Not Just Trivial, TOO Trivial

roseA young woman named Cameron Schaeffer recently wrote a post for HuffPo’s blog titled: “The 3-Letter Word That Cuts Women Down Every Day“. While you might be expecting the word to be something crude or “sexist”, it is not; the word she’s talking about is too. Yes, you read that right, the word too.

Ms. Schaeffer writes of her self-described “epiphany”:

There is no proper way for a woman to cut her hair, let alone do anything right in this world. There seems to be an unobtainable one-millimeter-wide mark of perfection, and none of us can reach it. Everything is too this or too that. We see it every day in the tabloids. For example, one day a female celebrity is too revealing and the next day she is too matronly.

In my experience, I rarely hear too thrown around about men. You hear someone say, “He’s short,” but you seldom hear “too short.” I hear women and men alike each day describing women as too something. But what does it really mean when you call a woman too? I asked myself, “too what?” I have determined that too means you’re calling a woman too far away from your idyllic vision of what a woman should be.

Something as small as calling a woman’s dress too long or her muscles too built has a much larger social construct. With all the varying tastes and cultures in this world, it is impossible for a woman — or anyone, for that matter — to fulfill everyone’s criteria. And why is it our responsibility to satisfy them, anyway?

 

Merriam-Webster gives these three uses for the word too:

a :  to an excessive degree :  excessively <too large a house for us>
b :  to such a degree as to be regrettable <this time he has gone too far>
c :  very <didn’t seem too interested>
The word seems rather innocuous to me. Now I’m all for young women thinking about their role in the world, but honestly, this cultural critique is nonsense. She continues:
 
What makes me furious is the constant strain on females to find their unreachable perfect self. This realization really struck me when I figured out that I’ve never been satisfied with myself. My internal opinion is always that I’m too this or too that. I, like most women, have been deprived of self-satisfaction and appreciation because of this word and this attitude.
Most women deprived of self-satisfaction and appreciation because of the word too”? Seriously? Moving on:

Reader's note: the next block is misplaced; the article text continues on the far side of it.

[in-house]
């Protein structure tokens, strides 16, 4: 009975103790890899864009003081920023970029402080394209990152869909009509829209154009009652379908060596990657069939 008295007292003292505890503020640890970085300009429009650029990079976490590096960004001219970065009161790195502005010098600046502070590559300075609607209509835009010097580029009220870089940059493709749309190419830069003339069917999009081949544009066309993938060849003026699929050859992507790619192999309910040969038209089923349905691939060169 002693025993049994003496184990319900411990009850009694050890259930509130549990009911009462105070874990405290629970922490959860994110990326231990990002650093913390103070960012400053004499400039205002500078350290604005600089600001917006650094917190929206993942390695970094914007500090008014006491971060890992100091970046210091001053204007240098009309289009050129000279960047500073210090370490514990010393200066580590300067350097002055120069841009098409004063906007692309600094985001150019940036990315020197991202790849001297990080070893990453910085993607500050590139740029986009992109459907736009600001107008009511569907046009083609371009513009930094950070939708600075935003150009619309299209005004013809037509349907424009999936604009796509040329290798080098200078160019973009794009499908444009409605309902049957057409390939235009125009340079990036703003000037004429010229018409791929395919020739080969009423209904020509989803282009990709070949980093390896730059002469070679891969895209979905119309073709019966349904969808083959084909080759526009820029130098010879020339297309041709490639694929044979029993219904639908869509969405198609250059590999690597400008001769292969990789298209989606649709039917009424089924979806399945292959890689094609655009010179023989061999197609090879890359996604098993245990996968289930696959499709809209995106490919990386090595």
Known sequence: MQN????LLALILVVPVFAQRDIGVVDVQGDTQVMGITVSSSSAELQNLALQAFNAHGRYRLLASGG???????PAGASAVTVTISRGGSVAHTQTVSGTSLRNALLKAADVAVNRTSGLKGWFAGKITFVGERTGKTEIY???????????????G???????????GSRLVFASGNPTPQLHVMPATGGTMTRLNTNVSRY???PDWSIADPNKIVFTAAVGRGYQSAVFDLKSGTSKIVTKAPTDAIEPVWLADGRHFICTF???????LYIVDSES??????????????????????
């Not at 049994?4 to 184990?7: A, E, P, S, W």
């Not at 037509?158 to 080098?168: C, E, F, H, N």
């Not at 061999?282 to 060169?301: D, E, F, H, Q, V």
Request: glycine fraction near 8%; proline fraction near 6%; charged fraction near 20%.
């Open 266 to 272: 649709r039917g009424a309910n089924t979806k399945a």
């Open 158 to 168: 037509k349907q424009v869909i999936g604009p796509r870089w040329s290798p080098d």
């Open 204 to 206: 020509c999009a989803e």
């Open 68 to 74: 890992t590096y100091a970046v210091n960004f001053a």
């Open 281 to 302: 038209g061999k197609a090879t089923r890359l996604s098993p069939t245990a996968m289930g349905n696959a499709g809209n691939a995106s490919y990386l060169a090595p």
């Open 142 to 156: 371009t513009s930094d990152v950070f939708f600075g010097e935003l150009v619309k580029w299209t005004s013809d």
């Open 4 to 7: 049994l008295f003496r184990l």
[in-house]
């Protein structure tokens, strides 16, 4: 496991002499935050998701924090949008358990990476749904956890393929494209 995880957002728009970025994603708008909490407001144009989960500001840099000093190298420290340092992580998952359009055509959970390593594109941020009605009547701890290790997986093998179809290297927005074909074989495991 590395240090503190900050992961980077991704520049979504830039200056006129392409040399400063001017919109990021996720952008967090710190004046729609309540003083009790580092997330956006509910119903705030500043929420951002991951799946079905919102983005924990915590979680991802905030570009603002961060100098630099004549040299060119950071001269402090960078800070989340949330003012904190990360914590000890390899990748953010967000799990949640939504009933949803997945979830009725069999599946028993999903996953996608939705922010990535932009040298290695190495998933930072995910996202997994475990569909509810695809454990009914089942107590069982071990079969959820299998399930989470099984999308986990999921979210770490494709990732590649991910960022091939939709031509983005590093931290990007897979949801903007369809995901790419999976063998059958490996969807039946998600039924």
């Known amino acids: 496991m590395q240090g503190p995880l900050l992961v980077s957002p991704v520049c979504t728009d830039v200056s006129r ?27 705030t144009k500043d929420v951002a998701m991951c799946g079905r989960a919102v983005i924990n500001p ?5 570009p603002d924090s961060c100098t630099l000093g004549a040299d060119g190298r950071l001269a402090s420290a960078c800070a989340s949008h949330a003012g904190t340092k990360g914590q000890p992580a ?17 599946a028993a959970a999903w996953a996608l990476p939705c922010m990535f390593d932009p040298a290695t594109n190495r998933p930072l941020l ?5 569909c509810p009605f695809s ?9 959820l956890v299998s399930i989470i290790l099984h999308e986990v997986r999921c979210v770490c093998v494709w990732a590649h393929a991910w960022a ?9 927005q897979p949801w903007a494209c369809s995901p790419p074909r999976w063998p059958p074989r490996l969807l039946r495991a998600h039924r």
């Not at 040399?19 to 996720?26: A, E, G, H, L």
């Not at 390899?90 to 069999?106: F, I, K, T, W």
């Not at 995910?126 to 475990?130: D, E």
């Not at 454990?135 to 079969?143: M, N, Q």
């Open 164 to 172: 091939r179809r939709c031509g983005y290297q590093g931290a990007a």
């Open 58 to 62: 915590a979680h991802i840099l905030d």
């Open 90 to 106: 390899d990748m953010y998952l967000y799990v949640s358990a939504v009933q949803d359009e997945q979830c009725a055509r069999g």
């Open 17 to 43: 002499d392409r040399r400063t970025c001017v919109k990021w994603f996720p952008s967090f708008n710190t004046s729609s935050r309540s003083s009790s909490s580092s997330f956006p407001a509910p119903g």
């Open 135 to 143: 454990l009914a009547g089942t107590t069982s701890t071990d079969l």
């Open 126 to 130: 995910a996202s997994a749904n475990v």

Women are still objects to a disturbingly large number of people. If society continues on in this way, women will always be unfairly judged. But there are small and achievable steps we can take. We should call on both genders to cut the word too from their vocabulary when discussing women. If we ever want an end to the way females are put in boxes, this is the beginning of an important and tumultuous journey ahead.
 
I’ve grown weary of the constant refrain that “women are objectified”, as if someone is doing it to them; women do not become “objects” unless they allow it. Do you think professional female anchors dress like the women at Fox News? Do you think the women at Fox don’t know that? They trade on their appearance because it makes them money; and while I’m no psychologist, I’m pretty sure there’s some sort of weird self-validation going on there as well. Whether it’s music, magazines, movies, or commercials, there will always be women who objectify themselves; that is hardly men’s doing.
 
If there is one failure of feminism thus far, it is this: We are still not raising enough daughters who realize their self-worth isn’t located between their neck and their knees.
 
But, back to Ms. Schaeffer‘s post. The idea that the word too is somehow anti-women, and rarely used pertaining to men is ludicrous. We have enough gender issues to contend with; we don’t need to be fabricating new ones. I’m sorry, but this was about the most ridiculous post I’ve read from a woman. The whole premise is just too trivial.
 
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